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Coleen Gill (2)


The previous post has all the details. Lets have a look at the things according to the APE that Coleen should not have done:

  • Attended a meeting without declaring she is a councillor. This is badly flawed. Council Officers should behave the same way regardless of whether or not a councillor is in the room. However, people do not do this. It is, therefore, useful for councillors to act as "mystery customers" to check that people are doing what they should.
  • Written to an MP before exhausting all the local procedures. Ho Ho Ho.
  • Advocated on behalf of someone. If one writes a letter to the council on behalf of someone with the information they have provided, this will almost unvariably be taken at face value (ie unverified) and partisan (ie not having all the facts). If it is required that a) one verifies all information and b) always provides both sidesof the story then you cannot do anything.
  • Turned up at a meeting when told not to do by a council officer.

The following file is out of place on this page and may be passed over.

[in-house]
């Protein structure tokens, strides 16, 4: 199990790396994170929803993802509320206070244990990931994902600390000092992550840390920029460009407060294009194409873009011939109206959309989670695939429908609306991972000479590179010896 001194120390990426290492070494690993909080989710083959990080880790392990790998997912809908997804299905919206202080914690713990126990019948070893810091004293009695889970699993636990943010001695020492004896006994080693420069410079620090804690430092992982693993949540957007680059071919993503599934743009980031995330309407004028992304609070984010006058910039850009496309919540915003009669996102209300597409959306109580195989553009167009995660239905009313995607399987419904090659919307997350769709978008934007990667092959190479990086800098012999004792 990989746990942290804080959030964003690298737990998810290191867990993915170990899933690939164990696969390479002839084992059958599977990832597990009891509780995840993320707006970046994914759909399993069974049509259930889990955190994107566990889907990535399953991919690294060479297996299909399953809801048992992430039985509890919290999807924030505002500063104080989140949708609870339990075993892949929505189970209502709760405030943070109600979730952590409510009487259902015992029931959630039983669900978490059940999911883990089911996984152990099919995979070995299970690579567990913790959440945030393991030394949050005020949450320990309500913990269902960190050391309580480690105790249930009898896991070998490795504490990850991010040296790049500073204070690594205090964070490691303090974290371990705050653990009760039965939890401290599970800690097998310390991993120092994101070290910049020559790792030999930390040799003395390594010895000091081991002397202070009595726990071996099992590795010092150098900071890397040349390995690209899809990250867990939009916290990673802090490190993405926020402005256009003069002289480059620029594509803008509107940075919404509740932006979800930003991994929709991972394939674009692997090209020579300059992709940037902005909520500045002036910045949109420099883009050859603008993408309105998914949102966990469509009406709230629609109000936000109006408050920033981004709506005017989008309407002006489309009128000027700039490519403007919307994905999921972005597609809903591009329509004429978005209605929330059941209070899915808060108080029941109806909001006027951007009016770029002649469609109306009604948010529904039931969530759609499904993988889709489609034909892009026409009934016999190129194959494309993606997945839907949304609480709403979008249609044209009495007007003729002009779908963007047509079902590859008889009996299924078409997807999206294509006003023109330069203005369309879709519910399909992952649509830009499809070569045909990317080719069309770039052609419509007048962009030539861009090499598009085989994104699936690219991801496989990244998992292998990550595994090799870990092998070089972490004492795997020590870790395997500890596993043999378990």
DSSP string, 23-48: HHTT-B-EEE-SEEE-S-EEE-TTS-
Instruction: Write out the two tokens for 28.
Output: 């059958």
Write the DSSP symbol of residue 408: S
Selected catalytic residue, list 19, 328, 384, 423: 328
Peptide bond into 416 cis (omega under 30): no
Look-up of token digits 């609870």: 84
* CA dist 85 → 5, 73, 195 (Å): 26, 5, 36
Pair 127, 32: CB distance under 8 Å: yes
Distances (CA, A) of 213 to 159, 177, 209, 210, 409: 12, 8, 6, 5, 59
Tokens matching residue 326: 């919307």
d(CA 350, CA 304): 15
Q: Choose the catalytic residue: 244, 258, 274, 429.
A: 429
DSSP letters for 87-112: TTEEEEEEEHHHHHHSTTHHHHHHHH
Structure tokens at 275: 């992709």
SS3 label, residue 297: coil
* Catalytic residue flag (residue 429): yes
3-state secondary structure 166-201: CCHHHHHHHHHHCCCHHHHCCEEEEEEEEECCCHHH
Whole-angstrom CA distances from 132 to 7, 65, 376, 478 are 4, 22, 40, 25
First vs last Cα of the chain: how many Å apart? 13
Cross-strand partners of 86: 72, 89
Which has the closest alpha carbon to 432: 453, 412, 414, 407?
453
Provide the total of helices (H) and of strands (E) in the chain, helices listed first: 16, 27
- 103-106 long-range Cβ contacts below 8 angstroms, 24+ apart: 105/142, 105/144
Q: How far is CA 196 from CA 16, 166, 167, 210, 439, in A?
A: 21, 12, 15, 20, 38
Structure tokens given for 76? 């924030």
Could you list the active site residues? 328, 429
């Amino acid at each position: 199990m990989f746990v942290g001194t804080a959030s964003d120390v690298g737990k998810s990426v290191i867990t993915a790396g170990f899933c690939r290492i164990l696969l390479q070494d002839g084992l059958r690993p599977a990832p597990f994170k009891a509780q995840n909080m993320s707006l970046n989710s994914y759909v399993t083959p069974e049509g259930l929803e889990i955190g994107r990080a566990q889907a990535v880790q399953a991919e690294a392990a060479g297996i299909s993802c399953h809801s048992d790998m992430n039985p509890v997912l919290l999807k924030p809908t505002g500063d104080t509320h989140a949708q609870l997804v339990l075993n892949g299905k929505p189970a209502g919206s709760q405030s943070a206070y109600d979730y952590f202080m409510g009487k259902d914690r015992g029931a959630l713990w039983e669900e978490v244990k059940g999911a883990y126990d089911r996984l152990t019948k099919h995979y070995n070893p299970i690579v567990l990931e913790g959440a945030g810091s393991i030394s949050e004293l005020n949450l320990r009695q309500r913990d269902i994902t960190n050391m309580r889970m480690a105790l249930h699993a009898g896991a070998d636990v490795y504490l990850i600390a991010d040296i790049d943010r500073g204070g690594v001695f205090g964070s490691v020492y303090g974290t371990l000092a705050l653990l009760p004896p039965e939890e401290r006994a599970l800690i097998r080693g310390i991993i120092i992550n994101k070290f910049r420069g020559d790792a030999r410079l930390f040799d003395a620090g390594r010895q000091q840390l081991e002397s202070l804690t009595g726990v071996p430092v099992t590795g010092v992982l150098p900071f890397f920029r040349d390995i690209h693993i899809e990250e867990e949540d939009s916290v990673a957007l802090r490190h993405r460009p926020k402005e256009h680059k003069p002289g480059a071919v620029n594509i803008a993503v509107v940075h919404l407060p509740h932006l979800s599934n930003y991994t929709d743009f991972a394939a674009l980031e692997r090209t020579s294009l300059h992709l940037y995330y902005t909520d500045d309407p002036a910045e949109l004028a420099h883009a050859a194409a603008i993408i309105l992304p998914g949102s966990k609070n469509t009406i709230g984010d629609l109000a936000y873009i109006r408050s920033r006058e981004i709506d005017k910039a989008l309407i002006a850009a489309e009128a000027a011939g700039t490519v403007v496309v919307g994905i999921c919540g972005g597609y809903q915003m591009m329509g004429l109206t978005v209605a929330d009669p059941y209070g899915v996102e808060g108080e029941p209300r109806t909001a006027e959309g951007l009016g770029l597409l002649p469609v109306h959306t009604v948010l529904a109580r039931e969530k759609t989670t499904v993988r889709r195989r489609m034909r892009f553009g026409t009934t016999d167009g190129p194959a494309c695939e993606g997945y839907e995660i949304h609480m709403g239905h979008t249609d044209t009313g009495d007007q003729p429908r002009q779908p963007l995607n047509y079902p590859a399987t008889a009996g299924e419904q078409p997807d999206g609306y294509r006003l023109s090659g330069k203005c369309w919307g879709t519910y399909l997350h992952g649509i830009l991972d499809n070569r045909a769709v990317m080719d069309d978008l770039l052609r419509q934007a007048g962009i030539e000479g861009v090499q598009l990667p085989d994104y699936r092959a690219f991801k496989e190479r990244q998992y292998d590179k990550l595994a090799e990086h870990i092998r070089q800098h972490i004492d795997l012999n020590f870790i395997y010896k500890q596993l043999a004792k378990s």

The key tension in government, particularly local government, is between councillors and officers. Many officers would like councillors not to exist.

The theory behind the actions of the APE and the SBE appears to be that Officers always do the right thing for the best possible reason. If that were to be the case then there would be no need for any democratic accountability. Unsurprisingly in the real world this is not the case.

One of the big flaws with the Standards Code is that people are guilty of breaking it even if someone believes they might have done something wrong - whether or not they have done something wrong

The bringing into disrepute issue is again not an objective test, but a subjective one. One person's disrepute (in this instance) is the vast majority of the population's proper behaviour.

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R v SUSSEX JUSTICES ex p McCARTHY [1924] 1 KB 256

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